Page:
Figure 4-3.Two-phase rotating field.
The waveforms in figure 4-3 are of the two input phases, displaced 90º because of the way they
were generated in a two-phase alternator. The waveforms are numbered to match their associated phase.
Although not shown in this figure, the windings for the poles 1-1A and 2-2A would be as shown in the
previous figure. At position 1, the current flow and magnetic field in winding 1-1A is at maximum
(because the phase voltage is maximum). The current flow and magnetic field in winding 2-2A is zero
(because the phase voltage is zero). The resultant magnetic field is therefore in the direction of the 1-1A
axis. At the 45-degree point (position 2), the resultant magnetic field lies midway between windings 1-1A
and 2-2A. The coil currents and magnetic fields are equal in strength. At 90º (position 3), the magnetic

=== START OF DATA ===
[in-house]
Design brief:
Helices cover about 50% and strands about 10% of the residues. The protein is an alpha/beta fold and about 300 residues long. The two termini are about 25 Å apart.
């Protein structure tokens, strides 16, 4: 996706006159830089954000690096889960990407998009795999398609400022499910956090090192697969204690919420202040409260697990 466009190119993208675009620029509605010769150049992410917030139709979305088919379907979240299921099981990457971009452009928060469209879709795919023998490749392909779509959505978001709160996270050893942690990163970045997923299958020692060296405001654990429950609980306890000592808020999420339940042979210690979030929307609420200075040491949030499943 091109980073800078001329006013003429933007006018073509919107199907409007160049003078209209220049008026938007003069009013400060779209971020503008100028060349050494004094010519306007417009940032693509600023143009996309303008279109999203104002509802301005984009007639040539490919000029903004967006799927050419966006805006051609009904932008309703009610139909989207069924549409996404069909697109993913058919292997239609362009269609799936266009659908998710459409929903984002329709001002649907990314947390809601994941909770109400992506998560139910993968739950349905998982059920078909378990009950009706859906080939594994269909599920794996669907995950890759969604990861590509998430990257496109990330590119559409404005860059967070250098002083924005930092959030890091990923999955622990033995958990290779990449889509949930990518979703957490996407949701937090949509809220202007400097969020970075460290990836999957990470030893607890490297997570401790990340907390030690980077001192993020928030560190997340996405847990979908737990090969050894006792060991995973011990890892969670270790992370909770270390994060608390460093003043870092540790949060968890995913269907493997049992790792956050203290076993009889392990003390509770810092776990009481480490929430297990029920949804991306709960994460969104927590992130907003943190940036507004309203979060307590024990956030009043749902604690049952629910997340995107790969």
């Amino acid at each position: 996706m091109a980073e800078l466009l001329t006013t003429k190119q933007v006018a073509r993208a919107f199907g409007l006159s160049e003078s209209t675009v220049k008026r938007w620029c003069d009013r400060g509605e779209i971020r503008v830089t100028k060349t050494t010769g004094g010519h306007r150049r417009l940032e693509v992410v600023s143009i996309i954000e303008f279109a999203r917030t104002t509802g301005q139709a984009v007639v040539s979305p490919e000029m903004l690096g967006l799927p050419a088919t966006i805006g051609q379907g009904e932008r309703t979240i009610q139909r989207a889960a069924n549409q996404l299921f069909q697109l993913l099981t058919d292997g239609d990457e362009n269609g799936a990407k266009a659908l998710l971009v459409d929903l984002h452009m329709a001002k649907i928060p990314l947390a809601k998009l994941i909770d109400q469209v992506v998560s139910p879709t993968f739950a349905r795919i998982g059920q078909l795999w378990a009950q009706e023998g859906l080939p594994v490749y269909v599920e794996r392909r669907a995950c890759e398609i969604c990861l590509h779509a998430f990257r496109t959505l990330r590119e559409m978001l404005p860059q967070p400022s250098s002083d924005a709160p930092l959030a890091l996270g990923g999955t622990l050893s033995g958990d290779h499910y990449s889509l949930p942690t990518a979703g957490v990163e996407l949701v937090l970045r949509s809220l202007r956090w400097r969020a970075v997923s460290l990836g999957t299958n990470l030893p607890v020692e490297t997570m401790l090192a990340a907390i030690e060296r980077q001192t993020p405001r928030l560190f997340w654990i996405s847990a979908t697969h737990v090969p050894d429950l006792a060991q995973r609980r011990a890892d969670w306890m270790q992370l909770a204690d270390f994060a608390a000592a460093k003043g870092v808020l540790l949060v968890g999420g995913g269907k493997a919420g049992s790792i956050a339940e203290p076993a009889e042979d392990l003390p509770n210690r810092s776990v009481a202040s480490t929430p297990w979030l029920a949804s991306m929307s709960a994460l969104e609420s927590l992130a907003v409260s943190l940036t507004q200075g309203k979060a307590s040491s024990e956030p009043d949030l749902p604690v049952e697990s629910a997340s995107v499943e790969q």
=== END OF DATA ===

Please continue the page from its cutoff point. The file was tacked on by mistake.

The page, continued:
field in winding 1-1A is zero. The magnetic field in winding 2-2A is at maximum. Now the resultant
magnetic field lies along the axis of the 2-2A winding as shown. The resultant magnetic field has rotated
clockwise through 90º to get from position 1 to position 3. When the two-phase voltages have completed
one full cycle (position 9), the resultant magnetic field has rotated through 360º . Thus, by placing two
windings at right angles to each other and exciting these windings with voltages 90º out of phase, a
rotating magnetic field results.
Two-phase motors are rarely used except in special-purpose equipment. They are discussed here to
aid in understanding rotating fields. You will, however, encounter many single-phase and three-phase
What is the angular displacement between field poles in a two-phase motor stator?